The doctor and his assistant shared with us that all of EL's blood work from two weeks ago came back good. So, praise the Lord for this great news!

They also showed us the pictures of the enlarged pituitary gland and said it is not acting like a fast-growing tumor. Again, that is great news!

We still do not know exactly what the lesion is. So, for now, we will just wait and watch.

In about a month, we will return for another MRI to check and see if there is any enlargement. The last one we had done was in August, so that will make them 3 months apart. Until then, we carry on as usual.

It was such a beautiful day so, after the appointment, we took a quick visit to the St. Louis Arch. The Visitor's Center was closed, but we enjoyed getting a close-up look at this "gateway to the West."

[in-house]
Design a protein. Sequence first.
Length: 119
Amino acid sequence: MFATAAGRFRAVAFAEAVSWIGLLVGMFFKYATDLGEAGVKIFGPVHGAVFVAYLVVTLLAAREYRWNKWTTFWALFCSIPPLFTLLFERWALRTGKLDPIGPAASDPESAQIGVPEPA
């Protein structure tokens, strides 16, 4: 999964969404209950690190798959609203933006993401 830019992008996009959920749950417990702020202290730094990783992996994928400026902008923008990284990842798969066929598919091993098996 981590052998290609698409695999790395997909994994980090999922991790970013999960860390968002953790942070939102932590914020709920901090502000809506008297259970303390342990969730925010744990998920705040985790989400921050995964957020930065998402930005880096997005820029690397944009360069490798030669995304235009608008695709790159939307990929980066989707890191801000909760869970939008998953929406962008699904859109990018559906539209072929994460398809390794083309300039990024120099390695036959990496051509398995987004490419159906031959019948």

Tuesday, October 1, 2013

Ideas to Encourage a Cancer Patient

How do you encourage someone who is undergoing treatments for cancer? I can't speak for everyone, as we are all different, and what encourages one person may not be the best idea for someone else. But, I want to at least share some of the things that encouraged ME when I took foot on my cancer journey. That way, if you are looking for ways to bless someone else diagnosed with cancer (or for anyone who is experiencing a long-term illness of some sort), maybe this will help spark some ideas...

ENCOURAGING CARDS - Sending a card is quick and easy. I received many cards in the mail, and it brought great encouragement to know someone was thinking of me and praying for me. Some cards had inspirational verses or poems in them, and some were humorous or light-hearted. They all have a special place in my heart.

NOTES OF ENCOURAGEMENT - If you don't send a card, at least consider sending a note in an e-mail, a text message, or on Facebook. These are not always as personal as a card in the mail, but can still bring encouragement when its needed.

MEALS - I wrote a post awhile back about BLESSING OTHERS THROUGH MEAL MINISTRIES. Meals of any kind (homemade and hot, frozen, or gift cards to local fast-food restaurants) were a great help to me and my family when I wasn't feeling well.